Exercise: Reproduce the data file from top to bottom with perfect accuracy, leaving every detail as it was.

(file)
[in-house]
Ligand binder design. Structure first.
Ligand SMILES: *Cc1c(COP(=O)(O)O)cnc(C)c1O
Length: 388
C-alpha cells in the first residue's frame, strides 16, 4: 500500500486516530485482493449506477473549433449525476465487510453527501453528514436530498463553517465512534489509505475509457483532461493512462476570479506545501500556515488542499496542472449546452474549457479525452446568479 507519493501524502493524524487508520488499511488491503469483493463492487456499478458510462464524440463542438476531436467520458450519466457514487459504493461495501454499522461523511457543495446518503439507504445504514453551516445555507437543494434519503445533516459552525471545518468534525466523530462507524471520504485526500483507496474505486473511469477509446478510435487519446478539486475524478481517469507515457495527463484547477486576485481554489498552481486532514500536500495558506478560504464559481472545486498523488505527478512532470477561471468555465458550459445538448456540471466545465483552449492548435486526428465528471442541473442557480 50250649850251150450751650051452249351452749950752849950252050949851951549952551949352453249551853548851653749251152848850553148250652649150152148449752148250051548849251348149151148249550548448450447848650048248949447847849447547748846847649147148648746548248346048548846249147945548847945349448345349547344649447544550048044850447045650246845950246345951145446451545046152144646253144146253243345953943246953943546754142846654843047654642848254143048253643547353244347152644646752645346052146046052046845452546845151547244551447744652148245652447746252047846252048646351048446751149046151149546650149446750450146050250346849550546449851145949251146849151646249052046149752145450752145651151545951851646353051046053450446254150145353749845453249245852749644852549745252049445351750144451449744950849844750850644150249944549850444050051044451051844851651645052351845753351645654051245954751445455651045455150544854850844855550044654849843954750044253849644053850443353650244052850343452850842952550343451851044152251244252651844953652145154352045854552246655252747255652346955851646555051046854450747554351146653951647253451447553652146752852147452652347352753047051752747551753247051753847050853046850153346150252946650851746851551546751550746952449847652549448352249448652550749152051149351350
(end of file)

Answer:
[in-house]
Ligand binder design. Structure first.
Ligand SMILES: *Cc1c(COP(=O)(O)O)cnc(C)c1O
Length: 388
C-alpha cells in the first residue's frame, strides 16, 4: 500500500486516530485482493449506477473549433449525476465487510453527501453528514436530498463553517465512534489509505475509457483532461493512462476570479506545501500556515488542499496542472449546452474549457479525452446568479 507519493501524502493524524487508520488499511488491503469483493463492487456499478458510462464524440463542438476531436467520458450519466457514487459504493461495501454499522461523511457543495446518503439507504445504514453551516445555507437543494434519503445533516459552525471545518468534525466523530462507524471520504485526500483507496474505486473511469477509446478510435487519446478539486475524478481517469507515457495527463484547477486576485481554489498552481486532514500536500495558506478560504464559481472545486498523488505527478512532470477561471468555465458550459445538448456540471466545465483552449492548435486526428465528471442541473442557480 50250649850251150450751650051452249351452749950752849950252050949851951549952551949352453249551853548851653749251152848850553148250652649150152148449752148250051548849251348149151148249550548448450447848650048248949447847849447547748846847649147148648746548248346048548846249147945548847945349448345349547344649447544550048044850447045650246845950246345951145446451545046152144646253144146253243345953943246953943546754142846654843047654642848254143048253643547353244347152644646752645346052146046052046845452546845151547244551447744652148245652447746252047846252048646351048446751149046151149546650149446750450146050250346849550546449851145949251146849151646249052046149752145450752145651151545951851646353051046053450446254150145353749845453249245852749644852549745252049445351750144451449744950849844750850644150249944549850444050051044451051844851651645052351845753351645654051245954751445455651045455150544854850844855550044654849843954750044253849644053850443353650244052850343452850842952550343451851044152251244252651844953652145154352045854552246655252747255652346955851646555051046854450747554351146653951647253451447553652146752852147452652347352753047051752747551753247051753847050853046850153346150252946650851746851551546751550746952449847652549448352249448652550749152051149351350